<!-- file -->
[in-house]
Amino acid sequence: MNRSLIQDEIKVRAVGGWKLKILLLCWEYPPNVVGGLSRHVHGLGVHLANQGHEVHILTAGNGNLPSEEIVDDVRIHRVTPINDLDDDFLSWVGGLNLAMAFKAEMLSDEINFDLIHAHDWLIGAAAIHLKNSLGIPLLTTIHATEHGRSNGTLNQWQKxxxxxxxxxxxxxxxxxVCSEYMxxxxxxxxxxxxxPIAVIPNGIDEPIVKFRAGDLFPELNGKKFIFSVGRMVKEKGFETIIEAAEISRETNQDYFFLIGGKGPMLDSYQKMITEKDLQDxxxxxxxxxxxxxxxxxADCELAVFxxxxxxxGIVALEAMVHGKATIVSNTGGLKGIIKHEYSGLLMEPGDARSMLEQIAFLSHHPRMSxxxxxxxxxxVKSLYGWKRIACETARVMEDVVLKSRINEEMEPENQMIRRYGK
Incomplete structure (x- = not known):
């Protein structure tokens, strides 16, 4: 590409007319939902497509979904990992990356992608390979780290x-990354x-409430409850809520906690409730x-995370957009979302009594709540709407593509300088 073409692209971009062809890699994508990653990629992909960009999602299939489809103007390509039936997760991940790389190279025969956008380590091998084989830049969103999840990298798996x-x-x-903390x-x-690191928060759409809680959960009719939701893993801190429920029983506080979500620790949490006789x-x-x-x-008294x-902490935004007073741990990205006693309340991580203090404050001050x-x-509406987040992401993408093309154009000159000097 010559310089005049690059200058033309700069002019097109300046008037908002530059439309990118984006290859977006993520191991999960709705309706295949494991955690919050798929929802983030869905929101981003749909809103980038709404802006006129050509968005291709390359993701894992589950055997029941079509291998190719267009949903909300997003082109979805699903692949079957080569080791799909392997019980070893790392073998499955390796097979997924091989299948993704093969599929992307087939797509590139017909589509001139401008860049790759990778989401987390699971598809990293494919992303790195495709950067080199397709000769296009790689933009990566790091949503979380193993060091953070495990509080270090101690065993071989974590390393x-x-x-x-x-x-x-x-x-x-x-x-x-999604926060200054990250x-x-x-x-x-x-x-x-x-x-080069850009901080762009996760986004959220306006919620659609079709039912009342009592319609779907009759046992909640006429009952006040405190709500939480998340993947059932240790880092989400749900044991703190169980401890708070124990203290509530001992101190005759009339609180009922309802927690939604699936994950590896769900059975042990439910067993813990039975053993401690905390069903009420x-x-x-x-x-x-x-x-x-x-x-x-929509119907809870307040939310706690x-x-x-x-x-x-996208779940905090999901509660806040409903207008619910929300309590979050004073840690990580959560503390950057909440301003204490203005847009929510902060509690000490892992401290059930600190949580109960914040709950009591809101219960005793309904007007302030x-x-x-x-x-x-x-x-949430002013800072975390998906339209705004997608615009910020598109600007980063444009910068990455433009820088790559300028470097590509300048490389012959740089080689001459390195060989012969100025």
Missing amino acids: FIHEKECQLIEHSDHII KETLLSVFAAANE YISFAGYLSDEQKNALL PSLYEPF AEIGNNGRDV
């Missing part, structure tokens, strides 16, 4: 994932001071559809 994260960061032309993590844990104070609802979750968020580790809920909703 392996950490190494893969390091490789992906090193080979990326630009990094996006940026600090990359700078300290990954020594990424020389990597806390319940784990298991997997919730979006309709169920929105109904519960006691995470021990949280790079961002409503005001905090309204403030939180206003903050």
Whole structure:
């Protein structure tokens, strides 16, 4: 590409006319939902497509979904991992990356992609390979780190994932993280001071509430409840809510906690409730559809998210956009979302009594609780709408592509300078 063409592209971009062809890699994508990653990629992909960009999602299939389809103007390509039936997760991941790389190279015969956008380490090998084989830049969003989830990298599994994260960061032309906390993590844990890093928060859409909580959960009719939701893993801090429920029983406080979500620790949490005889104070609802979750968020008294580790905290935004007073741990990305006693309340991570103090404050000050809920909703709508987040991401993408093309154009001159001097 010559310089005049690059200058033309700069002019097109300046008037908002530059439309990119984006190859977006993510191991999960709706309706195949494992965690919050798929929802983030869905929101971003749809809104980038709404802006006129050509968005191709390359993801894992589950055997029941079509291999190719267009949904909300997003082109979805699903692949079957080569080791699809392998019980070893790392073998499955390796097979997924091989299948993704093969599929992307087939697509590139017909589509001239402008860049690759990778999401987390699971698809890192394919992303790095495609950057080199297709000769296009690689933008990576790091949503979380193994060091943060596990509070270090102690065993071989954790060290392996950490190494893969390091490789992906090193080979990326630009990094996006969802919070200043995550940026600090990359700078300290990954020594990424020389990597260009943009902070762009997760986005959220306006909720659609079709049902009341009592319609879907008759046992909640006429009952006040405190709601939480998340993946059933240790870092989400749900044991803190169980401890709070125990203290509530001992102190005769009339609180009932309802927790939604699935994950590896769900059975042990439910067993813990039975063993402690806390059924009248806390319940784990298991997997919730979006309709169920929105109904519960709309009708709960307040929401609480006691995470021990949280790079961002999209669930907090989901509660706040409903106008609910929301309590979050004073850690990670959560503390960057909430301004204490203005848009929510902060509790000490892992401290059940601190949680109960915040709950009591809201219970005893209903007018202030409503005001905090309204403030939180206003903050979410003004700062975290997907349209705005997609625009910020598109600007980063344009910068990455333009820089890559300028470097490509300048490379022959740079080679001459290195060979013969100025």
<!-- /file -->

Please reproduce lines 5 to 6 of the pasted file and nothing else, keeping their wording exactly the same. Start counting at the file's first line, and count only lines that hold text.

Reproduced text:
Missing amino acids: FIHEKECQLIEHSDHII KETLLSVFAAANE YISFAGYLSDEQKNALL PSLYEPF AEIGNNGRDV
């Missing part, structure tokens, strides 16, 4: 994932001071559809 994260960061032309993590844990104070609802979750968020580790809920909703 392996950490190494893969390091490789992906090193080979990326630009990094996006940026600090990359700078300290990954020594990424020389990597806390319940784990298991997997919730979006309709169920929105109904519960006691995470021990949280790079961002409503005001905090309204403030939180206003903050």